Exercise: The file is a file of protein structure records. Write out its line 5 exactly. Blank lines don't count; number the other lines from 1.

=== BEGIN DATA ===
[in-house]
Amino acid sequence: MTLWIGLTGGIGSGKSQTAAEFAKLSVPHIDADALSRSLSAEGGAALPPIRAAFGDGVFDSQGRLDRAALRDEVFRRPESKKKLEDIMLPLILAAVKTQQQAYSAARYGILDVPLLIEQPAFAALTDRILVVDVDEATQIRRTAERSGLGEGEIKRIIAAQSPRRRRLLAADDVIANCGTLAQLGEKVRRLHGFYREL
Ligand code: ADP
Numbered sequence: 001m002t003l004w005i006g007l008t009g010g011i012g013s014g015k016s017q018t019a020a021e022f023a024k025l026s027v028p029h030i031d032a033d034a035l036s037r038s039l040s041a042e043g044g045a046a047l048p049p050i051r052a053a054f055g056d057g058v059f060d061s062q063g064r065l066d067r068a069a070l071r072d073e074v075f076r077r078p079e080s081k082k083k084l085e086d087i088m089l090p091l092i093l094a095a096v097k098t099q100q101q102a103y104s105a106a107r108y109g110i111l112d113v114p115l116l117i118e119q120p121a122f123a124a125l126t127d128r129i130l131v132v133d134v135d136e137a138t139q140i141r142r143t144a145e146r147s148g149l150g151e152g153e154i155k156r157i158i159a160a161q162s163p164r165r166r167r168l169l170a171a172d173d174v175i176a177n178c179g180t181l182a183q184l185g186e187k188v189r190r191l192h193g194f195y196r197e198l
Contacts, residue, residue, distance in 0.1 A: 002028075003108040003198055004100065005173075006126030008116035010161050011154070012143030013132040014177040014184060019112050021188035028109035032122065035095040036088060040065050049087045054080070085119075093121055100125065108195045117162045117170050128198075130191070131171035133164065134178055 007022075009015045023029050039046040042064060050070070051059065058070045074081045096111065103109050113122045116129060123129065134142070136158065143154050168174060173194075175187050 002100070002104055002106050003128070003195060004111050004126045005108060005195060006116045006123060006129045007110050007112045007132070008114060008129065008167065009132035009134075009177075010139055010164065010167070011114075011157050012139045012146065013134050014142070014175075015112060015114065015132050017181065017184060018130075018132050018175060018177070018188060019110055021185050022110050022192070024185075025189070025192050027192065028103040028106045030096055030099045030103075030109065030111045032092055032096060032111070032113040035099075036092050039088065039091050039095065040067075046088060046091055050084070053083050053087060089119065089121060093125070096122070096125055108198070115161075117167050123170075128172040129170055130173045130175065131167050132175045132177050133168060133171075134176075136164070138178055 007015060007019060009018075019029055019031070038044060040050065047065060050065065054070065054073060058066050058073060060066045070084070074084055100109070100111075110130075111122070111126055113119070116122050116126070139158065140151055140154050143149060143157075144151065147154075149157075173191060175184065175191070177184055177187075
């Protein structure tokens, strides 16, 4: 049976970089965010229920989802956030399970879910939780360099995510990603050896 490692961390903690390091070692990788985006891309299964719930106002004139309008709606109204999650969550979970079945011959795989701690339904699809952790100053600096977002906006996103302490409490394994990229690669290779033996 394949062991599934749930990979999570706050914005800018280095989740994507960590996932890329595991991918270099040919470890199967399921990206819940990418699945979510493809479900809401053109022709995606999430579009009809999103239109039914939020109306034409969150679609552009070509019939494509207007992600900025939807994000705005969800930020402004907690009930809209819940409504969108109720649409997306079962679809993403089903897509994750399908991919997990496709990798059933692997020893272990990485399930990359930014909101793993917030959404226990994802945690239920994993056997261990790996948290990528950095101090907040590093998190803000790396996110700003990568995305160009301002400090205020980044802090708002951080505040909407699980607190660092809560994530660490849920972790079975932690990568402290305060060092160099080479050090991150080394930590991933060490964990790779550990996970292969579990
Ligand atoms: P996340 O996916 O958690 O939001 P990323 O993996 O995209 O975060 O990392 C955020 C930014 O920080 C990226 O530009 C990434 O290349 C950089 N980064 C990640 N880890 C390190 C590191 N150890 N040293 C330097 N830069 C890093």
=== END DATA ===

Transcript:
Contacts, residue, residue, distance in 0.1 A: 002028075003108040003198055004100065005173075006126030008116035010161050011154070012143030013132040014177040014184060019112050021188035028109035032122065035095040036088060040065050049087045054080070085119075093121055100125065108195045117162045117170050128198075130191070131171035133164065134178055 007022075009015045023029050039046040042064060050070070051059065058070045074081045096111065103109050113122045116129060123129065134142070136158065143154050168174060173194075175187050 002100070002104055002106050003128070003195060004111050004126045005108060005195060006116045006123060006129045007110050007112045007132070008114060008129065008167065009132035009134075009177075010139055010164065010167070011114075011157050012139045012146065013134050014142070014175075015112060015114065015132050017181065017184060018130075018132050018175060018177070018188060019110055021185050022110050022192070024185075025189070025192050027192065028103040028106045030096055030099045030103075030109065030111045032092055032096060032111070032113040035099075036092050039088065039091050039095065040067075046088060046091055050084070053083050053087060089119065089121060093125070096122070096125055108198070115161075117167050123170075128172040129170055130173045130175065131167050132175045132177050133168060133171075134176075136164070138178055 007015060007019060009018075019029055019031070038044060040050065047065060050065065054070065054073060058066050058073060060066045070084070074084055100109070100111075110130075111122070111126055113119070116122050116126070139158065140151055140154050143149060143157075144151065147154075149157075173191060175184065175191070177184055177187075